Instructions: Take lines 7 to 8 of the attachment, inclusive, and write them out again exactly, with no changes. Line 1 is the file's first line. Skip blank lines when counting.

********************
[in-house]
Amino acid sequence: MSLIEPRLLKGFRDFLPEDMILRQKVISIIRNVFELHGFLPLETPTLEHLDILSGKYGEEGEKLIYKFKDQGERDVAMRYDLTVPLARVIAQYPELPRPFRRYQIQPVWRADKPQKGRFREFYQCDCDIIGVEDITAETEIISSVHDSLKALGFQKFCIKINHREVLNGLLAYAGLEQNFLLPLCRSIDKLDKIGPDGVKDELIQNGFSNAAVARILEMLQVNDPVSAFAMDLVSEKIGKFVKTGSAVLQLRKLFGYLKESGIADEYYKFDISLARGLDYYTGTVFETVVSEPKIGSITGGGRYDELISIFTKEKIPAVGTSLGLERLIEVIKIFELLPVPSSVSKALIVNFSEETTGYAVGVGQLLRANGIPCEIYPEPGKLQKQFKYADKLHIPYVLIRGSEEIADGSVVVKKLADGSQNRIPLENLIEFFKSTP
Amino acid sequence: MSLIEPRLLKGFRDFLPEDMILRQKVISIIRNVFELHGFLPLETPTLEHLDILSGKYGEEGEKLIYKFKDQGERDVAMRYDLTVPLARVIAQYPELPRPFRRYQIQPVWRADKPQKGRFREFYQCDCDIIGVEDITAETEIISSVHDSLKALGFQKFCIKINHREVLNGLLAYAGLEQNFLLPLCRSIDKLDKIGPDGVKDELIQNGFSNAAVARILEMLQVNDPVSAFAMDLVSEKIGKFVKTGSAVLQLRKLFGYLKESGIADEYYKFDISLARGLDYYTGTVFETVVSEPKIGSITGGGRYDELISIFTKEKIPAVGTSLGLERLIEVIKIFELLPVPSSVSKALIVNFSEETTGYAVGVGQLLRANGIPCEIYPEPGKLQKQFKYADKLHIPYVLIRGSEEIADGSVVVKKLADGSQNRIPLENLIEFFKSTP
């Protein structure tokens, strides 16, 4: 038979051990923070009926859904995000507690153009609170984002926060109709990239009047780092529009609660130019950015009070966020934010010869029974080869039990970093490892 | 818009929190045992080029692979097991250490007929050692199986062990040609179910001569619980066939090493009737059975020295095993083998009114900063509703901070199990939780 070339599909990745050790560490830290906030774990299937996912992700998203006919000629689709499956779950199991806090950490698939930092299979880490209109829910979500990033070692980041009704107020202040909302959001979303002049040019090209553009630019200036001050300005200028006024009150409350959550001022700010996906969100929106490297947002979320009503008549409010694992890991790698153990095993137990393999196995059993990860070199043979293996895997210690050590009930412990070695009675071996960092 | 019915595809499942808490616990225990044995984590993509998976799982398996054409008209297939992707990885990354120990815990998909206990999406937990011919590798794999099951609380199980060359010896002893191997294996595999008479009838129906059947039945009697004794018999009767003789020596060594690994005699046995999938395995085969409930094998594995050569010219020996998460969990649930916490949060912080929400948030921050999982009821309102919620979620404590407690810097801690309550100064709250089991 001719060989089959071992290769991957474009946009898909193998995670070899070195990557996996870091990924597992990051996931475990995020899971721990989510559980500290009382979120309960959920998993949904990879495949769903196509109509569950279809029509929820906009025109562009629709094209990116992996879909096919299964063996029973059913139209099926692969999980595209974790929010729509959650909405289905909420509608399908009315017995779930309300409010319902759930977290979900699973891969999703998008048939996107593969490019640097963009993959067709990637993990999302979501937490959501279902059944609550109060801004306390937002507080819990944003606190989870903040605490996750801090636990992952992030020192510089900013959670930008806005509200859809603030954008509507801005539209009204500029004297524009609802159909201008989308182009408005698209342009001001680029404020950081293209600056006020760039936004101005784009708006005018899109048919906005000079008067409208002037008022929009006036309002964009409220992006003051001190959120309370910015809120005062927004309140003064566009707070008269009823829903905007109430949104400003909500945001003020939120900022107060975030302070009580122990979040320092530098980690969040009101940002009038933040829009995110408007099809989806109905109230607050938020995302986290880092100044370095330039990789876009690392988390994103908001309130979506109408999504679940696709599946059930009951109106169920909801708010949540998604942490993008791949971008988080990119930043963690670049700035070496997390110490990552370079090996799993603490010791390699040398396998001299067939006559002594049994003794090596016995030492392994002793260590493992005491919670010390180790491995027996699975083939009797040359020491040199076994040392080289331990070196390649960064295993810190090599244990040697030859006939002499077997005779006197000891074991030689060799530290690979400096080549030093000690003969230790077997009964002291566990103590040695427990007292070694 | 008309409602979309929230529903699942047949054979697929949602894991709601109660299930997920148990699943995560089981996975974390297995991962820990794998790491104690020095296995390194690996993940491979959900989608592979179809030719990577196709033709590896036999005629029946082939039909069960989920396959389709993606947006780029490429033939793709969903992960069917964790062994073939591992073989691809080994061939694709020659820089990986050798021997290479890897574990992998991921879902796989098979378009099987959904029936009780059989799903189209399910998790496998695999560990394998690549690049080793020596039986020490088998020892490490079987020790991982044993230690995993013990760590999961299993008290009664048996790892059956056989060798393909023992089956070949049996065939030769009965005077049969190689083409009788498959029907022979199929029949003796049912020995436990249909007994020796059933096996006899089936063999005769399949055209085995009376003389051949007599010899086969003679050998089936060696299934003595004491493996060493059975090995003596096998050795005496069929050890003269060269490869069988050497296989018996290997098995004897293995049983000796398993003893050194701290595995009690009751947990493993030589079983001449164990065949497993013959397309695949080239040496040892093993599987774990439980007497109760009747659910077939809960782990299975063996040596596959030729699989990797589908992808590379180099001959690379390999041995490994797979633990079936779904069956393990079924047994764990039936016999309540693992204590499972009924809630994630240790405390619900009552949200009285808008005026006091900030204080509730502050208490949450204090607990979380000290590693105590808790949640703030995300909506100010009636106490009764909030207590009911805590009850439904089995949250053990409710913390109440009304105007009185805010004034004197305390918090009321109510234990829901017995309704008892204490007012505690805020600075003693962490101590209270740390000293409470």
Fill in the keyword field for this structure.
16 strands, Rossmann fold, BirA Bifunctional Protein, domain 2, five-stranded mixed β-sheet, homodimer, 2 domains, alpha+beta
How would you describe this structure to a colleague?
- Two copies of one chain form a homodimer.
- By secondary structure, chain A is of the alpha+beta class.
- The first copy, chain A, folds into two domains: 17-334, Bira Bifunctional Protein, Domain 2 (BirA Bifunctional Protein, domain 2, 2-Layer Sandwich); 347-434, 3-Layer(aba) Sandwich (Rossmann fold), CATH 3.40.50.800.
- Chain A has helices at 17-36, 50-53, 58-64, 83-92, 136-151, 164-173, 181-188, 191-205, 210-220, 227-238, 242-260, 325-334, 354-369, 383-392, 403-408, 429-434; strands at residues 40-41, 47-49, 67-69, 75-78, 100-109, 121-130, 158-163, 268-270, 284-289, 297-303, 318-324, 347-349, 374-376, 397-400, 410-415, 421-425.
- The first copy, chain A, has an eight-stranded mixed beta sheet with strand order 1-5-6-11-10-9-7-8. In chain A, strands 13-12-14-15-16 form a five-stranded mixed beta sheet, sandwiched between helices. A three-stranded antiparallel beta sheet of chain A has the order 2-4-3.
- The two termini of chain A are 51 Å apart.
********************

How would you describe this structure to a colleague?
- Two copies of one chain form a homodimer.